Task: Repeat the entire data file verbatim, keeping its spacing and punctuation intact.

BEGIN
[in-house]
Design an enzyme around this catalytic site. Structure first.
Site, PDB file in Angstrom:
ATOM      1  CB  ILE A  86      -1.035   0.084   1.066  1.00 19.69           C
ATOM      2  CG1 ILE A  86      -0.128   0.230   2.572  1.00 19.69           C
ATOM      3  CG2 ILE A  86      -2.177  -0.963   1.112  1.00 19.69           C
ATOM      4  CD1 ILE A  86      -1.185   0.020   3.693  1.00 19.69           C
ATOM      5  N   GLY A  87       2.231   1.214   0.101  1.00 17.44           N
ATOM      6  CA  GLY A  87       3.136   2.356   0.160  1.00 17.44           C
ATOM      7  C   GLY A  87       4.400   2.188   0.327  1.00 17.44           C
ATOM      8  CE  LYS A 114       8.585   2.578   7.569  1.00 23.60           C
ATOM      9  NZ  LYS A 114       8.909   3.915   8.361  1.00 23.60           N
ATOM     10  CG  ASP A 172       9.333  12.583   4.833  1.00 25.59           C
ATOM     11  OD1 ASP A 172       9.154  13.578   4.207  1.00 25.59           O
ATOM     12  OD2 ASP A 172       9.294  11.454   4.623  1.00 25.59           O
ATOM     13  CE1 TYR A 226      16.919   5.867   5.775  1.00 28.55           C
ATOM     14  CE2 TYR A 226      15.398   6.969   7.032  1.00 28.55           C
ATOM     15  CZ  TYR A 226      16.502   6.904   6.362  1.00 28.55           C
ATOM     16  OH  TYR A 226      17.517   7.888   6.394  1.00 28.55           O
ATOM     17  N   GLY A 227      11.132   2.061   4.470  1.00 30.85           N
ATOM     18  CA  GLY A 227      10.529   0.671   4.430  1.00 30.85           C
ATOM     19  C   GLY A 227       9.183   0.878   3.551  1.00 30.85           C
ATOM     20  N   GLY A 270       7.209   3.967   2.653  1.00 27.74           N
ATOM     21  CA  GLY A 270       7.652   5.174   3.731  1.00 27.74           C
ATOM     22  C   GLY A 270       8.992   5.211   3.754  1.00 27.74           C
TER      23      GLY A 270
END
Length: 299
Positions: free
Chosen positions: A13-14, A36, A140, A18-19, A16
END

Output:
[in-house]
Design an enzyme around this catalytic site. Structure first.
Site, PDB file in Angstrom:
ATOM      1  CB  ILE A  86      -1.035   0.084   1.066  1.00 19.69           C
ATOM      2  CG1 ILE A  86      -0.128   0.230   2.572  1.00 19.69           C
ATOM      3  CG2 ILE A  86      -2.177  -0.963   1.112  1.00 19.69           C
ATOM      4  CD1 ILE A  86      -1.185   0.020   3.693  1.00 19.69           C
ATOM      5  N   GLY A  87       2.231   1.214   0.101  1.00 17.44           N
ATOM      6  CA  GLY A  87       3.136   2.356   0.160  1.00 17.44           C
ATOM      7  C   GLY A  87       4.400   2.188   0.327  1.00 17.44           C
ATOM      8  CE  LYS A 114       8.585   2.578   7.569  1.00 23.60           C
ATOM      9  NZ  LYS A 114       8.909   3.915   8.361  1.00 23.60           N
ATOM     10  CG  ASP A 172       9.333  12.583   4.833  1.00 25.59           C
ATOM     11  OD1 ASP A 172       9.154  13.578   4.207  1.00 25.59           O
ATOM     12  OD2 ASP A 172       9.294  11.454   4.623  1.00 25.59           O
ATOM     13  CE1 TYR A 226      16.919   5.867   5.775  1.00 28.55           C
ATOM     14  CE2 TYR A 226      15.398   6.969   7.032  1.00 28.55           C
ATOM     15  CZ  TYR A 226      16.502   6.904   6.362  1.00 28.55           C
ATOM     16  OH  TYR A 226      17.517   7.888   6.394  1.00 28.55           O
ATOM     17  N   GLY A 227      11.132   2.061   4.470  1.00 30.85           N
ATOM     18  CA  GLY A 227      10.529   0.671   4.430  1.00 30.85           C
ATOM     19  C   GLY A 227       9.183   0.878   3.551  1.00 30.85           C
ATOM     20  N   GLY A 270       7.209   3.967   2.653  1.00 27.74           N
ATOM     21  CA  GLY A 270       7.652   5.174   3.731  1.00 27.74           C
ATOM     22  C   GLY A 270       8.992   5.211   3.754  1.00 27.74           C
TER      23      GLY A 270
END
Length: 299
Positions: free
Chosen positions: A13-14, A36, A140, A18-19, A16